This has clearly caused profound personal devastation for the families, friends and colleagues of those who have made such a sacrifice and our thoughts and prayers are with all those involved.
Notwithstanding today's accident, and other losses suffered so far, the resilience, morale, and bearing of our servicemen and women is quite remarkable.
I am personally humbled by their courage and commitment in getting on with the tough job in hand; delivering over and above, and making a difference to the ordinary people of Afghanistan
Angus Robertson, SNP MP for Moray
This is shocking and tragic news particularly in a community like Moray with so many thousands of service personnel and their families.
Everybody's initial thoughts are clearly with the air crew and all those who went down on the Nimrod. Their families, their friends - these are family and friends of neighbours of people throughout Moray and this news will hit very hard - particularly as the tragic circumstances emerge.
Chief of the Air Staff, Air Chief Marshal Sir Glenn Torpy
The loss of the Nimrod MR2 over Afghanistan is desperately sad and tragic news.
Our thoughts are very much with the families and loved ones of the brave and committed aircrew who lost their lives, and our priority is to provide them all with the support they require at this extremely difficult time.
There is no reason to believe that the aircraft was lost as a result of hostile action. A Board of Inquiry has been convened to determine the cause of this tragic loss.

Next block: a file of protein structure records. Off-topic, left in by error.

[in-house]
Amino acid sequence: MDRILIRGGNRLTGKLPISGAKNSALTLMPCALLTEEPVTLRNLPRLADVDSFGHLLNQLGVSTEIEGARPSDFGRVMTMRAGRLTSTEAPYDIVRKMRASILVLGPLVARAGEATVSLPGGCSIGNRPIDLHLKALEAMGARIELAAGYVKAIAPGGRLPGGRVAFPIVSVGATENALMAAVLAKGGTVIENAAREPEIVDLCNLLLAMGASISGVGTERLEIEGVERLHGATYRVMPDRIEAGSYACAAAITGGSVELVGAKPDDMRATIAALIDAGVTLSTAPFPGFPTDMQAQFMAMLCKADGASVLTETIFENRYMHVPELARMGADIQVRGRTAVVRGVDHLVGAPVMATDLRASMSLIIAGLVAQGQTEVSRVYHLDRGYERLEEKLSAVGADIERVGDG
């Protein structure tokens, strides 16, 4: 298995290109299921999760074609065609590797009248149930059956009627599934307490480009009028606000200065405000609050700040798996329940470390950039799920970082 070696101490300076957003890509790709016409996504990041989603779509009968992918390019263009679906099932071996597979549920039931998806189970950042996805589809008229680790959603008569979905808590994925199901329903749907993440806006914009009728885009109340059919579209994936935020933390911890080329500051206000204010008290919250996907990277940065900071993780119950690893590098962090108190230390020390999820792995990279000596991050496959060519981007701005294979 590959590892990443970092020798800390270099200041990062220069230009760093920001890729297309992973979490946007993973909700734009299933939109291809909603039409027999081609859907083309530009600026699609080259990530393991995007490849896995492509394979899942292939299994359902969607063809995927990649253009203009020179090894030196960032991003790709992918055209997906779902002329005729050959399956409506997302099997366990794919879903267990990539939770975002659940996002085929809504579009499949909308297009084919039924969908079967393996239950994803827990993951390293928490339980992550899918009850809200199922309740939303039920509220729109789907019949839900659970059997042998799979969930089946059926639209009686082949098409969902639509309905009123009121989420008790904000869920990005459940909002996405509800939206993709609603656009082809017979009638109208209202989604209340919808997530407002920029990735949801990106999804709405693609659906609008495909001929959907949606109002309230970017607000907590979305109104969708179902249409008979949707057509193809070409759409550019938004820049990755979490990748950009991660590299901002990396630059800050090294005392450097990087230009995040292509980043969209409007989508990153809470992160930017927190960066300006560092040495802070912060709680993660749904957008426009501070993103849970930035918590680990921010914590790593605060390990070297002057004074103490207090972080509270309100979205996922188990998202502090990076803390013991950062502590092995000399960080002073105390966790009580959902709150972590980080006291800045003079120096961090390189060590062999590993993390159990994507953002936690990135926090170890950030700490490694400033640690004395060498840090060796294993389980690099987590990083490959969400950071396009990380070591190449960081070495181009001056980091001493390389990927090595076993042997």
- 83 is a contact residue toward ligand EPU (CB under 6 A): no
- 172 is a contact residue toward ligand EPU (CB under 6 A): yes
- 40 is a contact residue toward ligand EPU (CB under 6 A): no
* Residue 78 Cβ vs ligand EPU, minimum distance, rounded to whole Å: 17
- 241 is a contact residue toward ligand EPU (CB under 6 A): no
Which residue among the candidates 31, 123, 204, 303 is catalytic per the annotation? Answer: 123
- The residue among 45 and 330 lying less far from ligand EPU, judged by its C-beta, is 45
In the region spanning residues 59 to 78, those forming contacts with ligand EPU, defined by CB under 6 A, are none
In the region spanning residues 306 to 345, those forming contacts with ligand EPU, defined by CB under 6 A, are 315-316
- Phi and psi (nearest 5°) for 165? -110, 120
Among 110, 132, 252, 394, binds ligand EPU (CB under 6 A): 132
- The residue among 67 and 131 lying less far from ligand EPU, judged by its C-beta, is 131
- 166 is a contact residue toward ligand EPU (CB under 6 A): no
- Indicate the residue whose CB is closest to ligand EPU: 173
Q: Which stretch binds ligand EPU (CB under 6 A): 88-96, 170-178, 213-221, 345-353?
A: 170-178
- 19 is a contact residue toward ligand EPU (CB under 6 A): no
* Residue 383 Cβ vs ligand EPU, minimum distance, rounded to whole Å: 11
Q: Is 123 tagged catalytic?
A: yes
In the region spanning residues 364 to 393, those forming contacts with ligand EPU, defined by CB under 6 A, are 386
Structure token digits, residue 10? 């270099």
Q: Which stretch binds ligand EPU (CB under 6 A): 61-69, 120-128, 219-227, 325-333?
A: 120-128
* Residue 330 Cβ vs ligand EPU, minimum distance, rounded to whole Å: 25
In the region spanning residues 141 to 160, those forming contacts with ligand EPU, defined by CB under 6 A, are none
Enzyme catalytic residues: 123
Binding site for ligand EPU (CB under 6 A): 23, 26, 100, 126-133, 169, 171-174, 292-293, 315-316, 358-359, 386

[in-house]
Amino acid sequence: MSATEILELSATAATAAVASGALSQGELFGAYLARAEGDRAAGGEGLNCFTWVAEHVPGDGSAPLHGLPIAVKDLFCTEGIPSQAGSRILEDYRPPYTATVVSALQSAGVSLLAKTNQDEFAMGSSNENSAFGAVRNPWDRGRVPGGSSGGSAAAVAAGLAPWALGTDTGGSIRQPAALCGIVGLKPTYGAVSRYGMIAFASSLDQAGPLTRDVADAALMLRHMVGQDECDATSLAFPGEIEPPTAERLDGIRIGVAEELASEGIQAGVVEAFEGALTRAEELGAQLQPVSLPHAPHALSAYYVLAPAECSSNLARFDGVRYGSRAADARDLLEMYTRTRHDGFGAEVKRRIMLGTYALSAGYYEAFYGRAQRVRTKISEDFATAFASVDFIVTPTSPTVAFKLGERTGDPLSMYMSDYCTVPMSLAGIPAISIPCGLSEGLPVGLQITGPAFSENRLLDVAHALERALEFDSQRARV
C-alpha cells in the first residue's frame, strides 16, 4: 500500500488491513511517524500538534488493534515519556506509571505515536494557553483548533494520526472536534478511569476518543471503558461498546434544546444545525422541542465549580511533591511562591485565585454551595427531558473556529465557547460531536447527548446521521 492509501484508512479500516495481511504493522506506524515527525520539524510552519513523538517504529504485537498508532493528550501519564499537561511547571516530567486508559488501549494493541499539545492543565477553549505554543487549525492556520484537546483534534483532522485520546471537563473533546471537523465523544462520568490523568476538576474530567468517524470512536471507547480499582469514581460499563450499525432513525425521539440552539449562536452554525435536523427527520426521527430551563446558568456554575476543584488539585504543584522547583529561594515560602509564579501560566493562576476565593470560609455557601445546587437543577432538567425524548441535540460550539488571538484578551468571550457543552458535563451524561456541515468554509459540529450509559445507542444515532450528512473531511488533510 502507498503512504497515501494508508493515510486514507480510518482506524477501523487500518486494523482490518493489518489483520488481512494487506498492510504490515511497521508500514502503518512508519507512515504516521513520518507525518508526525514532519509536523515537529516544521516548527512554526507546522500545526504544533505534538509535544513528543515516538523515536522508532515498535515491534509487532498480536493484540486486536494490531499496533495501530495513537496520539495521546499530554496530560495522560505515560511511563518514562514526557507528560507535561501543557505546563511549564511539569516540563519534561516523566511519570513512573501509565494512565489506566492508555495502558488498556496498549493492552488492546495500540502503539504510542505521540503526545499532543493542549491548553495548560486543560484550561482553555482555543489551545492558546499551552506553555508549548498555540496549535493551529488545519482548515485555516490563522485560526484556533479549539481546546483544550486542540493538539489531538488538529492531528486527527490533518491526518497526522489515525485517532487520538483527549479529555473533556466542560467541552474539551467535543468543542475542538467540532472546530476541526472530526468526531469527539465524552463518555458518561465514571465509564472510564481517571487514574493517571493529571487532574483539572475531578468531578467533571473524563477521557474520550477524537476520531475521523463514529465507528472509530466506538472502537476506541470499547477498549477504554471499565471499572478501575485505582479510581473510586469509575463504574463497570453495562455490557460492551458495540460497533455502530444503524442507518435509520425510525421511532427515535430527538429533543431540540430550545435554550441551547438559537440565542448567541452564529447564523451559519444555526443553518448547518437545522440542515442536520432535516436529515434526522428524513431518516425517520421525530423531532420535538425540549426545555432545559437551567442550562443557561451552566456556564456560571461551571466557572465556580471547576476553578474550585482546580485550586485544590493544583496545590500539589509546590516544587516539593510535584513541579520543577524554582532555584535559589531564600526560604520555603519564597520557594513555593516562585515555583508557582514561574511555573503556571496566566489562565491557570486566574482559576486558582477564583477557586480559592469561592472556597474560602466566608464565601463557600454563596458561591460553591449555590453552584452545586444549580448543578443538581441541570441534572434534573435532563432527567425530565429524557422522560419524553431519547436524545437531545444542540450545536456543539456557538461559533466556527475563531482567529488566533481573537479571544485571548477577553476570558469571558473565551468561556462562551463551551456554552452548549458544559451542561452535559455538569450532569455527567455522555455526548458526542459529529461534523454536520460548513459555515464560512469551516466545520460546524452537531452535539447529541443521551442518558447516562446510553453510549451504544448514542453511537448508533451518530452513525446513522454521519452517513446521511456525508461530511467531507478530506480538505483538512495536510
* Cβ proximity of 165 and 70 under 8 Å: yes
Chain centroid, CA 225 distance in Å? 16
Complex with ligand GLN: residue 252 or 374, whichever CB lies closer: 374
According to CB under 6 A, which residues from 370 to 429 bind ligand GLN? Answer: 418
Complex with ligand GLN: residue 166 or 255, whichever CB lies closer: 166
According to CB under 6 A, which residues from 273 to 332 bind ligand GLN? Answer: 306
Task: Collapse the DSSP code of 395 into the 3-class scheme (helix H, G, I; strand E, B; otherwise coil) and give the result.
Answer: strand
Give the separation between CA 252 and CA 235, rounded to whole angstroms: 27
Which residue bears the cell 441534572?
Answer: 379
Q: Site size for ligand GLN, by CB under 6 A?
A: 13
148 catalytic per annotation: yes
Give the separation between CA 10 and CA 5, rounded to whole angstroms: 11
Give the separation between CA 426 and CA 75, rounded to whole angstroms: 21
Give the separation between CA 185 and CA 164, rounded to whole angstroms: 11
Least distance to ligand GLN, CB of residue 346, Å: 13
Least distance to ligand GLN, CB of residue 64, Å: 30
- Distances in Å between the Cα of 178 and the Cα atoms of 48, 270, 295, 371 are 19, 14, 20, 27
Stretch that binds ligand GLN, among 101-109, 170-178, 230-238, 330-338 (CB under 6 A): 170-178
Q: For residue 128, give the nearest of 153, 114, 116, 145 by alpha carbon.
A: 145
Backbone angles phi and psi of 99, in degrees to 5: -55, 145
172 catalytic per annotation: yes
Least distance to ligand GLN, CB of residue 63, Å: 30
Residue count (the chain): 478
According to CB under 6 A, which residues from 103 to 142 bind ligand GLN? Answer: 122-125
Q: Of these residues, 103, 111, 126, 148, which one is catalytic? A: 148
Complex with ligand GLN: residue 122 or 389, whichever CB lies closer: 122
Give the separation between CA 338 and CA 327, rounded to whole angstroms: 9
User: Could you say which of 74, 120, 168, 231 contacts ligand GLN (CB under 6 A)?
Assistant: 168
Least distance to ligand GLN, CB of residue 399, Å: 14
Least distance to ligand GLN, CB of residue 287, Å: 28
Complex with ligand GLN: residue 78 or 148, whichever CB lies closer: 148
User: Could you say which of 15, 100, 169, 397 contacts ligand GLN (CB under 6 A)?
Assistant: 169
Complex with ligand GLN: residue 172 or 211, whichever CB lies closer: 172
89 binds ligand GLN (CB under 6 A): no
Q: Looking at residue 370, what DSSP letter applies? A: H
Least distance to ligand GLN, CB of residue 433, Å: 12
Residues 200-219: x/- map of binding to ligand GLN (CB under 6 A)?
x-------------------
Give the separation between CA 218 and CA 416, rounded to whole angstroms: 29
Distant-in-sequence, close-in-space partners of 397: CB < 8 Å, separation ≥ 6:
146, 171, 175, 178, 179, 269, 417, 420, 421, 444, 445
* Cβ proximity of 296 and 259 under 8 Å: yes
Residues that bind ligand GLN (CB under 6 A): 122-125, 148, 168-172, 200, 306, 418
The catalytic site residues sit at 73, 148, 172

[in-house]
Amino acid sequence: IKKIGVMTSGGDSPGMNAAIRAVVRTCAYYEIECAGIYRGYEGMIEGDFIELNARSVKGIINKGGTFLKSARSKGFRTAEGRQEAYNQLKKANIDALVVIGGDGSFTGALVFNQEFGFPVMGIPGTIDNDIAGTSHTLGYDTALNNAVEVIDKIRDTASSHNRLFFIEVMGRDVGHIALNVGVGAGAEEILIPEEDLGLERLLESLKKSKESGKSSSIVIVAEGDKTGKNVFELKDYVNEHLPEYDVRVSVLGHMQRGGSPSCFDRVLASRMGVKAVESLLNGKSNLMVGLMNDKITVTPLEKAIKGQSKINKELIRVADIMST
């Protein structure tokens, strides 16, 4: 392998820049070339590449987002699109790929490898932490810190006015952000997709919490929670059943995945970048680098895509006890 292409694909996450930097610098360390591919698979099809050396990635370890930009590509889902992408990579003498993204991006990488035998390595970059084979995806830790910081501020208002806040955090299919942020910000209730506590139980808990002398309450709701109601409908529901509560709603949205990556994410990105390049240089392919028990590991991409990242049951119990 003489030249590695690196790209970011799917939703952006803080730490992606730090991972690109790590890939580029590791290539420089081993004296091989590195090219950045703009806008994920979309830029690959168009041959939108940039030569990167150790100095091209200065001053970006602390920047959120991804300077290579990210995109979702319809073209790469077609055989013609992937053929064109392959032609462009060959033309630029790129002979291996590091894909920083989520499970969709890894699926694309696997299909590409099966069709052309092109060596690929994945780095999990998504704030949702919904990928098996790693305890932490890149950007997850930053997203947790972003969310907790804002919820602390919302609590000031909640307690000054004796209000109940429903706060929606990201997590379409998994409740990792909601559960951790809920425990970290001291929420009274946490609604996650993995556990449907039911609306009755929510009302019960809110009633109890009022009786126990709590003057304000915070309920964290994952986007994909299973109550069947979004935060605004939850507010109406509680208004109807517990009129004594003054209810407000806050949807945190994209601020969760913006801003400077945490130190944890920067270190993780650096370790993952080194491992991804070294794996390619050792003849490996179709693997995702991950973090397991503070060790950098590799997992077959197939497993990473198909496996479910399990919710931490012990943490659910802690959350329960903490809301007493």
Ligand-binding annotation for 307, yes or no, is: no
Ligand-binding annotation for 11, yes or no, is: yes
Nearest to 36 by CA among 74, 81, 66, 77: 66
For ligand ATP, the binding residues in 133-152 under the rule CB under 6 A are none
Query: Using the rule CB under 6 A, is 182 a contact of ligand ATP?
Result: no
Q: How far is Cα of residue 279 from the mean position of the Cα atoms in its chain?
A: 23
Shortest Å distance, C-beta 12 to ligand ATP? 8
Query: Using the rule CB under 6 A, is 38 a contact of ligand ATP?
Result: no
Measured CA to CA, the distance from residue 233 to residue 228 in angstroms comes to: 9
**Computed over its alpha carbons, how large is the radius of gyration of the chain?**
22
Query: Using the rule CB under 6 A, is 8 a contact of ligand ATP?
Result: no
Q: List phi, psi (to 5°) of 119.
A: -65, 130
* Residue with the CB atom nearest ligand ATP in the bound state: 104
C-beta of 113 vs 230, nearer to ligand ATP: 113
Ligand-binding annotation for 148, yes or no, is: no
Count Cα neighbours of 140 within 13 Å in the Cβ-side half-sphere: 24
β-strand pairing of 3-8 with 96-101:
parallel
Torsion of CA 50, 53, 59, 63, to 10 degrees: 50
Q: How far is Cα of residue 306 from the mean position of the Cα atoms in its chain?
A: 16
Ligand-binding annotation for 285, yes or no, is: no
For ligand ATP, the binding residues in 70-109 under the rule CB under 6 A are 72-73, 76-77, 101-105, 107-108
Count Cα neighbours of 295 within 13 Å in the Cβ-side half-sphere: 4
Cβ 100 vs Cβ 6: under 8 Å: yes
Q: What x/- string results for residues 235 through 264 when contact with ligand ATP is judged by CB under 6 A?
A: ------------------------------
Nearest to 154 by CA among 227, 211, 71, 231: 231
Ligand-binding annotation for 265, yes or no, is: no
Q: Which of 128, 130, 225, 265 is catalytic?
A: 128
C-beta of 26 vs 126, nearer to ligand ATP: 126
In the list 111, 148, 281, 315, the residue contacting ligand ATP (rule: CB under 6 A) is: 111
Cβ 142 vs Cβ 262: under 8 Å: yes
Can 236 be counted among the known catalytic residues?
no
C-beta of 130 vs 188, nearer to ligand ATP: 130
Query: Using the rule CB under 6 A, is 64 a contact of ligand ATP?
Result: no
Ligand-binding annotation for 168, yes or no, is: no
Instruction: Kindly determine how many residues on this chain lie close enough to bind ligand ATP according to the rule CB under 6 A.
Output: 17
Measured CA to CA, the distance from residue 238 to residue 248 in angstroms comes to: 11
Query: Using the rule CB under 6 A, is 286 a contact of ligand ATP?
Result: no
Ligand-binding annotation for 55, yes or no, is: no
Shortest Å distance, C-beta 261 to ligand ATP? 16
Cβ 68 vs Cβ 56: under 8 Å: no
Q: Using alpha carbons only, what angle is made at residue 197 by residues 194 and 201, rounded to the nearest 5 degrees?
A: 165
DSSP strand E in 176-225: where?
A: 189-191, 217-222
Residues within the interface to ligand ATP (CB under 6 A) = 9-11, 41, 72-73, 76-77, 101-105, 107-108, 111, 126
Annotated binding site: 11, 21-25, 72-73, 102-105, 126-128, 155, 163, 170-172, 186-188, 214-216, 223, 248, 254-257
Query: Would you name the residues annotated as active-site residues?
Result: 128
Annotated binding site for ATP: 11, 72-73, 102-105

Con Coughlin, defence editor of the Daily Telegraph
This is the worst single day that British forces have had in Afghanistan since they deployed earlier this year. It reminds us of similar air crashes that have taken place in Iraq. Given the nature of the mission in Afghanistan, to lose 14 personnel in a single incident such as this will have a very, very big impact on morale.
Major Charles Heyman, defence analyst
It's a black day. It's a disaster for our soldiers on the ground in Afghanistan. No other words can describe it. It's a big hit to morale. Believe me it really, really does affect morale.
I've been on military operations where a helicopter has ploughed in and for quite a long time you wait to get on the next helicopter just wondering what might happen to you. It's not a good thing to have happen in front of you.
Paul Beaver, defence analyst
The defence analyst said the Nimrod MR2 was not a bomber aircraft. It was used for reconnaissance and acted as a radio station, relaying messages between troops on the ground.
It's a huge loss in two key areas. It's a loss obviously of our soldiers, sailors and airmen who were killed in operations and that is very tragic but it's also a loss to this part of the fleet.
But for an aircraft this large to have a technical fault, which is what it seems to be, is unusual. We've only lost a couple of Nimrods that I can recall - one at a flying display and one for a technical malfunction about 20 years ago - so a very safe aeroplane normally. It will come as even more of a shock because of that.